Thirdly, it is not sufficient merely to have controls — the controls should be meticulously chosen to deal with the scientific problem at hand. That is, the controls need to be proper. The controls should not be a "non-diseased" population and even less blood "donors" as is the case in the Owens et al analysis. The control patients should consist of sick individuals diagnosed with diseases and laboratory abnormalities (such as low T4 cells counts, raised immunoglobulins and lowered levels of reduced thiols) resembling as closely as possible the abnormalities characteristic of AIDS patients. If improper controls such as “non-diseased” or healthy “donors” are used then virtually any test can be proven specific. This is because abnormal results are not to be expected in such individuals.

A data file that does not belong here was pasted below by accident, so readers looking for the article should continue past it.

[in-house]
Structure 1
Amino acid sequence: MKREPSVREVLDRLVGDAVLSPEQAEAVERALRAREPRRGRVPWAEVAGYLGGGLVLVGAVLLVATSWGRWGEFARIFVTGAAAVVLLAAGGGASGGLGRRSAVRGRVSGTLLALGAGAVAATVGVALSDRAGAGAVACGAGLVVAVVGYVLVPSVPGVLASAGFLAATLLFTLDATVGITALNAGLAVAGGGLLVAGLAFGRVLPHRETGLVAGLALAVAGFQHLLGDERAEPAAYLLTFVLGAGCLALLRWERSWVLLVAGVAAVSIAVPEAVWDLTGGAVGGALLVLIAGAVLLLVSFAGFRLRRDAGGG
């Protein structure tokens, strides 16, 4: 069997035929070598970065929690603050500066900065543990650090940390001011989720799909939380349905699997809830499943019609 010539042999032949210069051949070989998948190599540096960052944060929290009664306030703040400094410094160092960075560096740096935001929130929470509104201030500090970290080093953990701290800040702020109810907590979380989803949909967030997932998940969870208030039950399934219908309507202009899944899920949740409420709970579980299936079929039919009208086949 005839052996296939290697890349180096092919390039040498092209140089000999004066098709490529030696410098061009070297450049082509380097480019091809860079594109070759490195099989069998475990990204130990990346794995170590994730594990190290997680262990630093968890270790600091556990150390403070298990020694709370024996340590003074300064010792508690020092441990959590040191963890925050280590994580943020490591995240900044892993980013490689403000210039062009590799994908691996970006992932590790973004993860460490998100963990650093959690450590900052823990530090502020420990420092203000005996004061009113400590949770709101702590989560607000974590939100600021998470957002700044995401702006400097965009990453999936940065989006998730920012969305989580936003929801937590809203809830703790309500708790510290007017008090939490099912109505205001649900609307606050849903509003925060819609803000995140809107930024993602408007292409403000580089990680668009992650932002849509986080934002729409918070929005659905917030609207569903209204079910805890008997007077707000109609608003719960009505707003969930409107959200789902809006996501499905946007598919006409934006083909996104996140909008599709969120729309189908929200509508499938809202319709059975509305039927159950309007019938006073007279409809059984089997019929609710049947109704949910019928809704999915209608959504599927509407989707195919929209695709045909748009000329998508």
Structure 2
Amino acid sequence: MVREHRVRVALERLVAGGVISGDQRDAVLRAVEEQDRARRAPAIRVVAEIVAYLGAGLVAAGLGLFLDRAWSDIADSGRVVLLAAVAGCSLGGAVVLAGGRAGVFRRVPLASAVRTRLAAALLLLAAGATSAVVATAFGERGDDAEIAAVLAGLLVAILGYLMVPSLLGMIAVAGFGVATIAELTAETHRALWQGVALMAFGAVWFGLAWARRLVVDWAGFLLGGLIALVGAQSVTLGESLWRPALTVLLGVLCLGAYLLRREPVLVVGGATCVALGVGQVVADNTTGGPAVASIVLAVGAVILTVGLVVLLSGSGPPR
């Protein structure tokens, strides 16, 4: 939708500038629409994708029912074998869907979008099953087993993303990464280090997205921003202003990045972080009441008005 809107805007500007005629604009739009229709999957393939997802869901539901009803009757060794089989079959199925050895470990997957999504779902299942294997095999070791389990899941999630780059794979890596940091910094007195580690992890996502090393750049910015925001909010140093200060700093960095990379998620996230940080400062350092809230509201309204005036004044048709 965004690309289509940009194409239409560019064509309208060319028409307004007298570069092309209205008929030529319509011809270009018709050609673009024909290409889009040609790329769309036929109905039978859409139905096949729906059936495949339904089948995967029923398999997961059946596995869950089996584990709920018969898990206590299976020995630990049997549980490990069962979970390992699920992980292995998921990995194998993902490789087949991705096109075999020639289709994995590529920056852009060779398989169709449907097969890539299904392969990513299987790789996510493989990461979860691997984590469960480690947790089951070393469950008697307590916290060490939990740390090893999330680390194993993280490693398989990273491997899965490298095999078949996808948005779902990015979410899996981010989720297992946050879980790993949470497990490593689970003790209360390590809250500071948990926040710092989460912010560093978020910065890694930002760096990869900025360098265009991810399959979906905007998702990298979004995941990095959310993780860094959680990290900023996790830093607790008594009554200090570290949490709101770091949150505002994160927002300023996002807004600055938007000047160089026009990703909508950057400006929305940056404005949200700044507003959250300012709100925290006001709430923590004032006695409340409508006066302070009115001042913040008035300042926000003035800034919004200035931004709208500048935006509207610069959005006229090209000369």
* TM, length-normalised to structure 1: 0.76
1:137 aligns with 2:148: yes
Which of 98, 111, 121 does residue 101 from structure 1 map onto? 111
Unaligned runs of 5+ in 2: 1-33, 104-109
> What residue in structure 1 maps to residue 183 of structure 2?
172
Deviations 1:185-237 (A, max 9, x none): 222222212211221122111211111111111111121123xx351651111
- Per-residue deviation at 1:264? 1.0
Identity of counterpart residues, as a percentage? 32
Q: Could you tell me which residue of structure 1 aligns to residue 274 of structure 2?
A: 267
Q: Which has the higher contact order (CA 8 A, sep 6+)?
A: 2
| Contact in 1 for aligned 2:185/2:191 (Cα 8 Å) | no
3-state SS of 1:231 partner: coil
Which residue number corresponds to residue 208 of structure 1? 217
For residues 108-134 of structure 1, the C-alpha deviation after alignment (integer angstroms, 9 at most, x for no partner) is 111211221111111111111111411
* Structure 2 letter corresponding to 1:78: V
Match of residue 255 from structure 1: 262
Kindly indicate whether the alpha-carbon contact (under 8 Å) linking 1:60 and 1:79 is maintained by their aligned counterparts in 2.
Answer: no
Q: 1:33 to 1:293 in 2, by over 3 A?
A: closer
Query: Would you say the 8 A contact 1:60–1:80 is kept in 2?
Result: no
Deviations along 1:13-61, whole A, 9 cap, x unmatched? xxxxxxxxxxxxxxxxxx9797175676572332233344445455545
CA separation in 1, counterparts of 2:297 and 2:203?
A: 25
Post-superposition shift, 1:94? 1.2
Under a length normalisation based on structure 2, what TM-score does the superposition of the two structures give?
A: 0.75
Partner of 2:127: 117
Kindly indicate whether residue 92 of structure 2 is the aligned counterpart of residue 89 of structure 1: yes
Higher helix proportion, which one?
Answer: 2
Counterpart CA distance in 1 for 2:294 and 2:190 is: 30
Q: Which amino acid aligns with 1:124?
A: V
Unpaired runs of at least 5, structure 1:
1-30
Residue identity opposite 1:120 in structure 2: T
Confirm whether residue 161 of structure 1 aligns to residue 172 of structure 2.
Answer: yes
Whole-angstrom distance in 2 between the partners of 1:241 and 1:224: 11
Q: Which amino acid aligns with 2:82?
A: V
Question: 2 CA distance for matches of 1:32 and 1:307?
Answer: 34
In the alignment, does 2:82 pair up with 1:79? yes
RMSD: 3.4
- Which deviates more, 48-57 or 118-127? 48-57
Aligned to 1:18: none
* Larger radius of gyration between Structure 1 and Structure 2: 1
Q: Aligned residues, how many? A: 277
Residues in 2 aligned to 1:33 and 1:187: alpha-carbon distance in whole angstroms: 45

In fact it appears that Owens et al were aware that what they called controls were not proper controls. In their recommendations Owens et al wrote: "For example, the non-diseased population should include persons who are at risk for HIV infection and would be candidates for testing rather than healthy controls", which they used in their analysis.

Our question still stands: “Could Christopher Noble please tell us which of the 5 studies in the Owens et al analysis satisfied the criteria for a proper blind, controlled study or any other study apart from the one we have cited, that is, the Defer study"?